Children's Health Insurance Patterns: A Review of the Literature. Endnotes


1.  Throughout this chapter, the term "Medicaid eligible" will be used to refer to those that are eligible for Medicaid regardless of whether they are actually enrolled. This differs from HCFA(now known as CMS)'s definition of the term "Medicaid eligible," which denotes those that are enrolled but may or may not be receiving services.


2.  Ribicoff coverage continues to be important for children in two-parent families born before October 1, 1983 (ages 14 to 18) who are not covered by the mandatory poverty-related expansions for children or by optional state expansions.

3.  The Urban Institute is the only organization that accounts for Medicaid and cash welfare underreporting in their estimates of Medicaid participation rates.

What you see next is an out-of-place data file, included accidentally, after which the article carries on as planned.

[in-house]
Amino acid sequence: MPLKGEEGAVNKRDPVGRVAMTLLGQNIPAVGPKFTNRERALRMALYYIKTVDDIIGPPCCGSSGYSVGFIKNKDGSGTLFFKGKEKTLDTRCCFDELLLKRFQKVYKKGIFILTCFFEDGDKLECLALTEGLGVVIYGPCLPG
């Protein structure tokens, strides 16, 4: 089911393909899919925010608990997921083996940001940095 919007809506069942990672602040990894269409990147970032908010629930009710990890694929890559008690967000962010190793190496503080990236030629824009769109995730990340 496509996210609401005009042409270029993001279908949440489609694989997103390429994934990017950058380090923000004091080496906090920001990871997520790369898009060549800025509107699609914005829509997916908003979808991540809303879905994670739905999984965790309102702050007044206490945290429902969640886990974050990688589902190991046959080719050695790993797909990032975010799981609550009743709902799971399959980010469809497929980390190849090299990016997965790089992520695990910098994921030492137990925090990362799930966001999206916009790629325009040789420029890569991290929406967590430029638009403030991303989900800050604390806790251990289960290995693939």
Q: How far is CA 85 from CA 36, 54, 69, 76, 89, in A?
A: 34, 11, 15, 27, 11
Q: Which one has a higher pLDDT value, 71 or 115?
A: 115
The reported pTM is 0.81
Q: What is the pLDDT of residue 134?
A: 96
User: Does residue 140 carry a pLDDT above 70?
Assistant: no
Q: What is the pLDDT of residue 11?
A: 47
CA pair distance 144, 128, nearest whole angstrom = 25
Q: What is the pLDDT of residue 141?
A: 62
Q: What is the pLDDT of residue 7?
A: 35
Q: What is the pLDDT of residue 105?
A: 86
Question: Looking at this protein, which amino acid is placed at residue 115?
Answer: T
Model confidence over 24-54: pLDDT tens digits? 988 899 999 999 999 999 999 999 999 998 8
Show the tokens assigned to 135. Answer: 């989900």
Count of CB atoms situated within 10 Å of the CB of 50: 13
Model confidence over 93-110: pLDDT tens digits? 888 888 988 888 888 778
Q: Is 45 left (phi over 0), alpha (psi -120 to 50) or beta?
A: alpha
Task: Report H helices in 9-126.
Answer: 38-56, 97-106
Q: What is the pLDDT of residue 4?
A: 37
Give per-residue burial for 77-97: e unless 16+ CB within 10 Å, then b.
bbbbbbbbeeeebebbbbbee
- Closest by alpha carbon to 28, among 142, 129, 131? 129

4.  The participation rate among children whose eligibility was tied to welfare participation was higher than that for those whose eligibility was tied to poverty related expansions. Using March 1994 CPS data and the TRIM2 model, Dubay and Kenney (1996) found that the Medicaid participation rate among children whose eligibility was tied to welfare participation was 90 percent versus 69 percent for children eligible under the poverty-related expansions.

5.  Comparing Medicaid participation rates among the cash and non-cash eligibility groups is problematic using the CPS because the Census Bureau assigns Medicaid to children in all families that receive AFDC and in most families that receive SSI. In other words, the Medicaid participation rate for the cash groups in the CPS is, by definition, 100 percent.

6.  Related to this fourth reason is the argument that many parents may feel their children are, in fact, covered by Medicaid because their children can be enrolled once they get sick. Of course, these children would not be receiving preventive health services.